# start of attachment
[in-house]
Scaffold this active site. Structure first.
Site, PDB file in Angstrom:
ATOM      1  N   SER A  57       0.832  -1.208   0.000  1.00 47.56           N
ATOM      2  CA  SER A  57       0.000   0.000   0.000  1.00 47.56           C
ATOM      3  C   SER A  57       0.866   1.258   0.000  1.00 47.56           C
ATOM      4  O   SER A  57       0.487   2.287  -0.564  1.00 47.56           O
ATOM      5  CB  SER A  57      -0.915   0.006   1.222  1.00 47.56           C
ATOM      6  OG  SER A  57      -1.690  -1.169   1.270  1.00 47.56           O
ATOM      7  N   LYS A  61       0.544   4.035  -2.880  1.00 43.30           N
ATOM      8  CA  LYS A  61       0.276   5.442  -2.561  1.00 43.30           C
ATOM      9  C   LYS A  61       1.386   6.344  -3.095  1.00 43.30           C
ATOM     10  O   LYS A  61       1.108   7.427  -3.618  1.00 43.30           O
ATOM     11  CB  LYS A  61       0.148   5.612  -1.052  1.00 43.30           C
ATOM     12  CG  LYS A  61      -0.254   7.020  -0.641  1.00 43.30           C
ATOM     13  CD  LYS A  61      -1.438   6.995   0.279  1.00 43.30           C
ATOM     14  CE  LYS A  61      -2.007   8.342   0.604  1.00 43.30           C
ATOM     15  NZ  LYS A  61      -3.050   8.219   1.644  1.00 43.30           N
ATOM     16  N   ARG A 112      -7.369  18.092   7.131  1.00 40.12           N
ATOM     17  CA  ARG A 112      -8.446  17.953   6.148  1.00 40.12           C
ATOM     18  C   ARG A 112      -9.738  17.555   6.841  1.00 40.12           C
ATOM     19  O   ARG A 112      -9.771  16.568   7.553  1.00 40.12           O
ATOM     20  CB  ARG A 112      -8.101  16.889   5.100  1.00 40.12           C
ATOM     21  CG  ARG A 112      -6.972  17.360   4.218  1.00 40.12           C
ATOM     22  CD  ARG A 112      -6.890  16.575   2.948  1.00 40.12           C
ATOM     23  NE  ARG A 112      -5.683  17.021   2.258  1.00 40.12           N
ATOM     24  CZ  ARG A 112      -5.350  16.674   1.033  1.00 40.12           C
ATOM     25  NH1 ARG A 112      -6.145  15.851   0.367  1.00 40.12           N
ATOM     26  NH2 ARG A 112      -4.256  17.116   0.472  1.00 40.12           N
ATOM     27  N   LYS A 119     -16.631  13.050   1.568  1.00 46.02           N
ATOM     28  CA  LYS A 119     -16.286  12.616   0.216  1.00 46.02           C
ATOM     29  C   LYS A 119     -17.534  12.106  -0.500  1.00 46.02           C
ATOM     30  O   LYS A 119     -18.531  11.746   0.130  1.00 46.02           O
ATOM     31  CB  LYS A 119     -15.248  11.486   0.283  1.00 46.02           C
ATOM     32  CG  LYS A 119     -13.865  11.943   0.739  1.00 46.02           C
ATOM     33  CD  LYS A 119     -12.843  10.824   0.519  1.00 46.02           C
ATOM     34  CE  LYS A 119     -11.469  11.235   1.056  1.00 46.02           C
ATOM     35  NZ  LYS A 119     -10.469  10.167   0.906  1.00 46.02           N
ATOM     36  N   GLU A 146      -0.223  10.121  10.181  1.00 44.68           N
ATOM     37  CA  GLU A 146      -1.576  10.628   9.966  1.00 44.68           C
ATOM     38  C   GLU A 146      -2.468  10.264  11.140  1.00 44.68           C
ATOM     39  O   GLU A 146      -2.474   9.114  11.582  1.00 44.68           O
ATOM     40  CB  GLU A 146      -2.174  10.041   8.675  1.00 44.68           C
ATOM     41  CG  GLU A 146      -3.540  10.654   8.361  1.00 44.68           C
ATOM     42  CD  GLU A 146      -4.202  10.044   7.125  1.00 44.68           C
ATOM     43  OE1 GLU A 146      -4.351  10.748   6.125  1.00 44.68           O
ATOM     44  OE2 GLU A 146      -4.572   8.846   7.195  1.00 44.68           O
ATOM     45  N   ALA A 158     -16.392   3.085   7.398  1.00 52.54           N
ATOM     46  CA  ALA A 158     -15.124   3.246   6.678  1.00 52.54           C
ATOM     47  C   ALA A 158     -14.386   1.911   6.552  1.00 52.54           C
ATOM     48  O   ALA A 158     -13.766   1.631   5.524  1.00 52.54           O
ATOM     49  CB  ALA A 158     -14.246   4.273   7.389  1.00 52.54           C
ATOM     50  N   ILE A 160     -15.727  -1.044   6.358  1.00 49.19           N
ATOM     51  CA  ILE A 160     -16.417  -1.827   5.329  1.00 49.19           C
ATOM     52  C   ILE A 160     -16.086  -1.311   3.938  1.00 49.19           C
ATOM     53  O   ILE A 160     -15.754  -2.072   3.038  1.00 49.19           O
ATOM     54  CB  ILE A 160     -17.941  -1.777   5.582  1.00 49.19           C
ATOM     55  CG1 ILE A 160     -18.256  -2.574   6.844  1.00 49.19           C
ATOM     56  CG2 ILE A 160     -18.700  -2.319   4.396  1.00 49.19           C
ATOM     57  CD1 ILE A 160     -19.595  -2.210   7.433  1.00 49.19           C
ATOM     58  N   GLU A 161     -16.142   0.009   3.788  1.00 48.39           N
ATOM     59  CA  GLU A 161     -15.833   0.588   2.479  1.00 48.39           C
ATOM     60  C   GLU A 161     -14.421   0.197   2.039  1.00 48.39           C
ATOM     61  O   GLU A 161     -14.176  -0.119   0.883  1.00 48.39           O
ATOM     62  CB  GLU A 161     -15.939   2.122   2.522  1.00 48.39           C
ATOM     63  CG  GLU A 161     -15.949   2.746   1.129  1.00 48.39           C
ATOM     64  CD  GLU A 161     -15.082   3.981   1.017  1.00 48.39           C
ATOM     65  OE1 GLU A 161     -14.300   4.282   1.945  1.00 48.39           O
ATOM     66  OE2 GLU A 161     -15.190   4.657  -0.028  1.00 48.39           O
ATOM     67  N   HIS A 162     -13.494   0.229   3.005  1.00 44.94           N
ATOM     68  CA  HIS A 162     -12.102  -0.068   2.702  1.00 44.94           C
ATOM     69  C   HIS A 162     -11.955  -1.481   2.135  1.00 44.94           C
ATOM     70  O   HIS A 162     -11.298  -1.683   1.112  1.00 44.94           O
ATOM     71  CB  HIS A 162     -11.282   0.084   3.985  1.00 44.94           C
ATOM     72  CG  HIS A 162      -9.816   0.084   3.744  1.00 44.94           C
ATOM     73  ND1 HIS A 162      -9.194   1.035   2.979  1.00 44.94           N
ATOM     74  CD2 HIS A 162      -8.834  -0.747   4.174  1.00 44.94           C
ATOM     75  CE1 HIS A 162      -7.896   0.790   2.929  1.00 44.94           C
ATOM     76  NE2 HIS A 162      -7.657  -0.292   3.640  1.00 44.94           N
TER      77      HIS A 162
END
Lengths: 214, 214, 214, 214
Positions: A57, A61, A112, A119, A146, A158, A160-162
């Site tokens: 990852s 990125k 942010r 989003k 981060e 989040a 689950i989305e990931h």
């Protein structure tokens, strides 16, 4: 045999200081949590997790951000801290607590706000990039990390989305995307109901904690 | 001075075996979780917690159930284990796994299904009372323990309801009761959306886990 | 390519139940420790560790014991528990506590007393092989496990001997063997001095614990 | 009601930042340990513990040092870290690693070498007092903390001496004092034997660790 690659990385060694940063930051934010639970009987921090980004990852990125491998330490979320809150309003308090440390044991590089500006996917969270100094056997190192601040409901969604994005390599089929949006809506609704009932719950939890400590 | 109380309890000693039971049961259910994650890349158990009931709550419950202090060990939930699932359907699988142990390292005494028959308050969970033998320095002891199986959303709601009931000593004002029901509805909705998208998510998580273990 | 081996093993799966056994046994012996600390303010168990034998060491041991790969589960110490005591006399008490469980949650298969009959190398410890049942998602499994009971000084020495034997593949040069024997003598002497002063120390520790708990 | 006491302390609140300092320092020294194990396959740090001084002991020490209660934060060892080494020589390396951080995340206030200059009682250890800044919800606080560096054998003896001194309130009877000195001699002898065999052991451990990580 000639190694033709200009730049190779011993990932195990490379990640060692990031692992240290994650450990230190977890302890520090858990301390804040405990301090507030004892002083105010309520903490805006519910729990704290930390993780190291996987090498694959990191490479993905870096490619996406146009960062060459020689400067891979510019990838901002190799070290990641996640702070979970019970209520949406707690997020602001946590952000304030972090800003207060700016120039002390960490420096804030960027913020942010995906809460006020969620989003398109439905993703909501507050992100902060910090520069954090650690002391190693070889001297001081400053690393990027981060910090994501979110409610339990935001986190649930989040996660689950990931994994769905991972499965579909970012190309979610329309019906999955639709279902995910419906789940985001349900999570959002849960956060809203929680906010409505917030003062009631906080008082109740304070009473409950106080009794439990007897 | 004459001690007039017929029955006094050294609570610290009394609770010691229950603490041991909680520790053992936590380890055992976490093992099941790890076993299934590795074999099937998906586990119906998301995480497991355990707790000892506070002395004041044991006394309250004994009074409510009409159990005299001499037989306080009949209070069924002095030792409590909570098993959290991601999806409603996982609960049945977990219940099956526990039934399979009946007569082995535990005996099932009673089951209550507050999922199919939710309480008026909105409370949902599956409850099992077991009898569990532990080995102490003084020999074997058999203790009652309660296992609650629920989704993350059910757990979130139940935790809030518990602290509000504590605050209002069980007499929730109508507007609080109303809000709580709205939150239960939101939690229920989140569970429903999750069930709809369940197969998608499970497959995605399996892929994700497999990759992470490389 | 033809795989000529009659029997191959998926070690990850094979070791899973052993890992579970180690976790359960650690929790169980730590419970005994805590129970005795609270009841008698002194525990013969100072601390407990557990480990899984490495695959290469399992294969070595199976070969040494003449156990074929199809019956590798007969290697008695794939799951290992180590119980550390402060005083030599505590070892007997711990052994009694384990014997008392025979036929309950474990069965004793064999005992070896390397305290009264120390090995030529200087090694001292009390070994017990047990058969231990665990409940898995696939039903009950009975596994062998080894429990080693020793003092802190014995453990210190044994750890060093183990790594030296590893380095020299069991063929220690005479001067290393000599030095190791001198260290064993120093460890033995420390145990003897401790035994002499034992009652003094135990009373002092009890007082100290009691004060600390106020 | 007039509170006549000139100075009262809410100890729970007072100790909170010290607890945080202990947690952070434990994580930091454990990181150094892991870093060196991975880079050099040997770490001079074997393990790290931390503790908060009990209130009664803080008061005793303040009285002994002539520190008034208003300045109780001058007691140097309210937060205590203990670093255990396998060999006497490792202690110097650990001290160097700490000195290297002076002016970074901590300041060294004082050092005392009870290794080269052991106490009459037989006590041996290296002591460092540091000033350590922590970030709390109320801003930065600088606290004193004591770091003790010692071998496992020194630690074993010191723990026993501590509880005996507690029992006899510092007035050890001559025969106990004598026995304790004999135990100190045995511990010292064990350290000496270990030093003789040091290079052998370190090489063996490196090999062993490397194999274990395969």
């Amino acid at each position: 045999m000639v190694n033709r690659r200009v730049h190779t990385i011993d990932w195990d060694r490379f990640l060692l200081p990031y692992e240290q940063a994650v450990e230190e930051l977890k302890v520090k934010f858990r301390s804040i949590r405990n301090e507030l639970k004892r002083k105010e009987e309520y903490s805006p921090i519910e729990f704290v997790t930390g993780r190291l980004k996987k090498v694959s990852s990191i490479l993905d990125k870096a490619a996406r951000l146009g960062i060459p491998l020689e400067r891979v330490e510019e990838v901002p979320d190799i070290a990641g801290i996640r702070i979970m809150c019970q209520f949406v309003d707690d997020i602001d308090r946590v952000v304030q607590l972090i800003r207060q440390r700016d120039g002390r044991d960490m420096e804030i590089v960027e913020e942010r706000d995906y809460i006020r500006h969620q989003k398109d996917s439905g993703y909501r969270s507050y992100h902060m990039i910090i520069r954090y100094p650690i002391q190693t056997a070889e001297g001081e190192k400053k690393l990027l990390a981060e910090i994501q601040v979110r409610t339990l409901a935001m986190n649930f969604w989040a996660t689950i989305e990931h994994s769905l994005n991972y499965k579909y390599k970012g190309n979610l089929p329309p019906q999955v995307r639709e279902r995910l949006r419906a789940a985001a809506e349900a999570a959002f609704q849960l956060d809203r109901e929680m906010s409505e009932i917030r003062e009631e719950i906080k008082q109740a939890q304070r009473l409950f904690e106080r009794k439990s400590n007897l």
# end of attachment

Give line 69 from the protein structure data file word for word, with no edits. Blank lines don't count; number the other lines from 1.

ATOM     66  OE2 GLU A 161     -15.190   4.657  -0.028  1.00 48.39           O